For many investors who have saved long and hard over the years to build up their retirement nest egg, whether within Isas or Sipps or outside, there is often a natural reluctance to start dipping regularly into capital to supplement a retirement income. Switching to income-producing investment trusts in this situation appears to be a safer option. It means you can convert your returns into income and leave your capital untouched.
Each year for the past five years, we have put together a portfolio of income-producing trusts designed to provide a £10,000 income. We have always stressed that there is no guarantee that the portfolio will meet its objectives but so far it has always delivered over £10,000 income each year. Its capital value has been somewhat more volatile, rising in two years, and falling in two. This year so far the direction has been positive.
There are many reasons why regular savings are a good idea – not least the fact that they enable investors who don’t have spare capital to build up a lump sum. A savings plan also provides a good discipline. Aside from those considerations, regular purchase of investment trust shares has real investment benefits.
The ability of investment funds and trusts to provide investors with a regular and growing income is often underrated. Many investors still regard them as a way of accumulating capital, rather than as a means by which they can use capital to supplement their income. Yet for many of the 2019 Money Observer Rated Funds, income generation is one of the primary objectives; and historically they have proved they can deliver.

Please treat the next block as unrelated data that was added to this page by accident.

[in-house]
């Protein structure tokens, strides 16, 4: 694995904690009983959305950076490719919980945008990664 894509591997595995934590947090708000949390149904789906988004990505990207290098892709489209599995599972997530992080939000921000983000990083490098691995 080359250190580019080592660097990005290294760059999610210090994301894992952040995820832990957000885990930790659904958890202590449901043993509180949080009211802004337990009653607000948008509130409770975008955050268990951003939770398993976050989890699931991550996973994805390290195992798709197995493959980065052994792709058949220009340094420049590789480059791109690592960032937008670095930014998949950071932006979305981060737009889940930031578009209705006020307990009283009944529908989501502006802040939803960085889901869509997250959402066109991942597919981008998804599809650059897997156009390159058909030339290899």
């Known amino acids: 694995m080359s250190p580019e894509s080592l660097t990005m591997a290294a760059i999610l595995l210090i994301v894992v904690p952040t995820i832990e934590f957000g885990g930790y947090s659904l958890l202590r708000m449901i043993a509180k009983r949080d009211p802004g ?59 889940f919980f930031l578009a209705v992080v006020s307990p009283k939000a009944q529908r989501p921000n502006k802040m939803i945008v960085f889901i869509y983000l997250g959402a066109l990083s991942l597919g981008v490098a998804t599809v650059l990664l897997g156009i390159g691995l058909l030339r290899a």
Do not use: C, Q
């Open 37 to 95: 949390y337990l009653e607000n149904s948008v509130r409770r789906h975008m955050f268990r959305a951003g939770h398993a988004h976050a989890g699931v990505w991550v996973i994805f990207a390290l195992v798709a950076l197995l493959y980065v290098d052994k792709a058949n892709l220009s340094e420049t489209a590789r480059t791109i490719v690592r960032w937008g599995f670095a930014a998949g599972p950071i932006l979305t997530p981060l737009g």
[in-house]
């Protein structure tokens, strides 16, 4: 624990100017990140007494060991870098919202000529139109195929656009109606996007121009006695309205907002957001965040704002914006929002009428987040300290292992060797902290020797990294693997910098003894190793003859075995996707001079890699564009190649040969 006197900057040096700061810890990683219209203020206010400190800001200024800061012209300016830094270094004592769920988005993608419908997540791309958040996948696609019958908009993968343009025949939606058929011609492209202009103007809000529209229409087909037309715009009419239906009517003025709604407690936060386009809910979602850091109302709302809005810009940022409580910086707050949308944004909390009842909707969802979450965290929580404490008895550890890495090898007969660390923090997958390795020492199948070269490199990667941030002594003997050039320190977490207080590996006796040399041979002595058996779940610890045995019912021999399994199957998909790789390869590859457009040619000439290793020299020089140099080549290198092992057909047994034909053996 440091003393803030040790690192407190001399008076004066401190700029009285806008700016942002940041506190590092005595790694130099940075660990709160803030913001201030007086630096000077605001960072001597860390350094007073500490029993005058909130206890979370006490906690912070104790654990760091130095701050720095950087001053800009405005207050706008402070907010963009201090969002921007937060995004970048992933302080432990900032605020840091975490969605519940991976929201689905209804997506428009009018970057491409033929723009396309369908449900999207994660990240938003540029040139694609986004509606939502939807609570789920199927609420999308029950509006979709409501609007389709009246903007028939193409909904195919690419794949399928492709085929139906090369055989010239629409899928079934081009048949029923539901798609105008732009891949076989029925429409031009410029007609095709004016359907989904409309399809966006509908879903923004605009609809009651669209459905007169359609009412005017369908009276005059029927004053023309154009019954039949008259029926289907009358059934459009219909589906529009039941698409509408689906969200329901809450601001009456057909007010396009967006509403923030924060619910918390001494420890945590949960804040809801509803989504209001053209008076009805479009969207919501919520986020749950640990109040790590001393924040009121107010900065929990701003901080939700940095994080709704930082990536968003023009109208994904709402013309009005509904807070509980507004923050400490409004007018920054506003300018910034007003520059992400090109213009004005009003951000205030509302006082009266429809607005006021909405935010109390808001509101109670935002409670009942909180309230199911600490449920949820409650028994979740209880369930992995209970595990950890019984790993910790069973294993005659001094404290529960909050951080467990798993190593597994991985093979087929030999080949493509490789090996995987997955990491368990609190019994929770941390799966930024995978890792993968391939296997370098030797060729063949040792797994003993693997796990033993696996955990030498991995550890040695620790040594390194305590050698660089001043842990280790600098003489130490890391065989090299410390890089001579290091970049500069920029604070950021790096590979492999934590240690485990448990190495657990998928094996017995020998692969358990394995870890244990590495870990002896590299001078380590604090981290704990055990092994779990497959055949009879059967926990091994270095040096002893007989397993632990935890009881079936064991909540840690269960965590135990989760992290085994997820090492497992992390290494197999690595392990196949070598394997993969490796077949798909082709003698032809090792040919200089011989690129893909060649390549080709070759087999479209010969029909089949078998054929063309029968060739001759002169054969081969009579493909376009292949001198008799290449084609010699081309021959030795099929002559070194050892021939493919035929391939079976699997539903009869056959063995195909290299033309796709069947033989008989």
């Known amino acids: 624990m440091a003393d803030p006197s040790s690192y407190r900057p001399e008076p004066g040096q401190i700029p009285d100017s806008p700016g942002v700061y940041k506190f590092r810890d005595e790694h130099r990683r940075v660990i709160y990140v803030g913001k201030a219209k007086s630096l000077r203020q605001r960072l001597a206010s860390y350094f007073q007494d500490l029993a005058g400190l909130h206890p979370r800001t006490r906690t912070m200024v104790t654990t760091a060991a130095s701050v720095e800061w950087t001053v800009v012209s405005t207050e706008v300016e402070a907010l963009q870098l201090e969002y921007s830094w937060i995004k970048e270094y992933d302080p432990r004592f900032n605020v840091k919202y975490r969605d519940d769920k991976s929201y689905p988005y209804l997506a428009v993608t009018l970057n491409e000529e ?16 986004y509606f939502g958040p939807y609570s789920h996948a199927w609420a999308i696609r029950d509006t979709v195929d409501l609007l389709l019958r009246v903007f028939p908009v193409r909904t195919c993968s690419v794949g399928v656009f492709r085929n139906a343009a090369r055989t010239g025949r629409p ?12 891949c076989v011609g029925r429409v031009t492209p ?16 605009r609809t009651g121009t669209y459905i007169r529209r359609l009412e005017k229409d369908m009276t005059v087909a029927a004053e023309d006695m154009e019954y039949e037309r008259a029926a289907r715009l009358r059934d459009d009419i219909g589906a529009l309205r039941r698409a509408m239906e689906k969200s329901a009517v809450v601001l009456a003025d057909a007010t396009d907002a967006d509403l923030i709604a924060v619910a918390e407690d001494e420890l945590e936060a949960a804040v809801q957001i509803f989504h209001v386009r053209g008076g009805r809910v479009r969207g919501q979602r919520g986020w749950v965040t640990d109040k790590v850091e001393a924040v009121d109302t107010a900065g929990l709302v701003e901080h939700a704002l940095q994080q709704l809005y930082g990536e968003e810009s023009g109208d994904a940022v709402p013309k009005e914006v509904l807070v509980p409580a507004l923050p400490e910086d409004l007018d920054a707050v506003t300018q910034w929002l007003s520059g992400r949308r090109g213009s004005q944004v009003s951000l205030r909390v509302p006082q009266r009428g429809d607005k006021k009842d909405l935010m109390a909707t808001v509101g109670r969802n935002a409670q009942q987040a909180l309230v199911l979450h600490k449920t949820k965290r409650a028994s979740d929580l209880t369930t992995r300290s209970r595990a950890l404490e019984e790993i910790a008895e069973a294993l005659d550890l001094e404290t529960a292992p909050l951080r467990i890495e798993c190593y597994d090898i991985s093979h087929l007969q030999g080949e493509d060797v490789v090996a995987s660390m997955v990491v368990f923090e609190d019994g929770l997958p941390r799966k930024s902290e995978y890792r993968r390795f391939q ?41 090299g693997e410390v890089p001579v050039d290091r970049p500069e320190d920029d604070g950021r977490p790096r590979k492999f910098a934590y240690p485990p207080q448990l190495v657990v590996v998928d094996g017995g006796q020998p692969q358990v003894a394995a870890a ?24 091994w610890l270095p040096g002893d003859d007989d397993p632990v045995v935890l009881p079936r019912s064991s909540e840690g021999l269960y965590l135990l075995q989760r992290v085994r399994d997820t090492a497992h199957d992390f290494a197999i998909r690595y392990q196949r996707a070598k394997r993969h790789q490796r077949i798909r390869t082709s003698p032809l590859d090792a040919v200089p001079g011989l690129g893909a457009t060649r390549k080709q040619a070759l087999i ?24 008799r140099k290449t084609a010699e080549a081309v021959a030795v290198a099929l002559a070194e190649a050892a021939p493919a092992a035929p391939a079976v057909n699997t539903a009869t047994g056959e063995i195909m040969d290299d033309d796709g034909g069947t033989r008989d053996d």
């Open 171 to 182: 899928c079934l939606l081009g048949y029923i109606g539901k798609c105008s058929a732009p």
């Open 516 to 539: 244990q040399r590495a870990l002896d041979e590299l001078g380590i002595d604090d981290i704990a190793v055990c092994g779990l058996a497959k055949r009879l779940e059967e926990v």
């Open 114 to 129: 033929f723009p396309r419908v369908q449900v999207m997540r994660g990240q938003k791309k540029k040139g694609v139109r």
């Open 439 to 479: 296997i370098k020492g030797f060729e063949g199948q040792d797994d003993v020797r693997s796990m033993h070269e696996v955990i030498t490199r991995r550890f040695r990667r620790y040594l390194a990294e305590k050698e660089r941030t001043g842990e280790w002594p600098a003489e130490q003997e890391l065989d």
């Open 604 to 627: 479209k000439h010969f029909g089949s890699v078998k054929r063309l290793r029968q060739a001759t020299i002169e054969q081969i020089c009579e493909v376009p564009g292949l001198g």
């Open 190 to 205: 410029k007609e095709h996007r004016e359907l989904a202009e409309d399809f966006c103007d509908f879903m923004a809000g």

Most people who want to generate income from their capital, particularly in retirement, like to know they can rely on that income. Many shy away from the stockmarket for this reason. However, that is because they tend to focus on share price volatility rather than looking at the much steadier trajectory of share dividends. One of the best ways to tap into a steady ow of share dividends is through investment trusts.
When you buy an investment trust, your main hope is that its share price will be higher by the time you want to sell. Whether this happens and by how much will largely depend on the skills of the investment manager in growing the portfolio, and the direction of the stock market or other asset classes in which it invests.
Inflation, standing at 2.5 per cent for March, may be on the wane after peaking in November at 3.1 per cent – but it has not gone away, and it is potentially very damaging for investors. It will gradually erode the value of your capital and income, so anyone investing for the long term who needs a regular income really needs to look for investments with the potential to maintain the value of their capital and preferably grow their income payments as well. This is where some of the Money Observer Rated Funds can help.
Our investment trust portfolio has notched a second year of healthy capital gains and a third year of growing income.
As growth strategies start to flag, value- and contrarian-oriented trusts may be coming back into fashion.
Portfolio manager Roddy Kohn discusses its three-year performance and reflects whether, in hindsight, he would have managed it differently.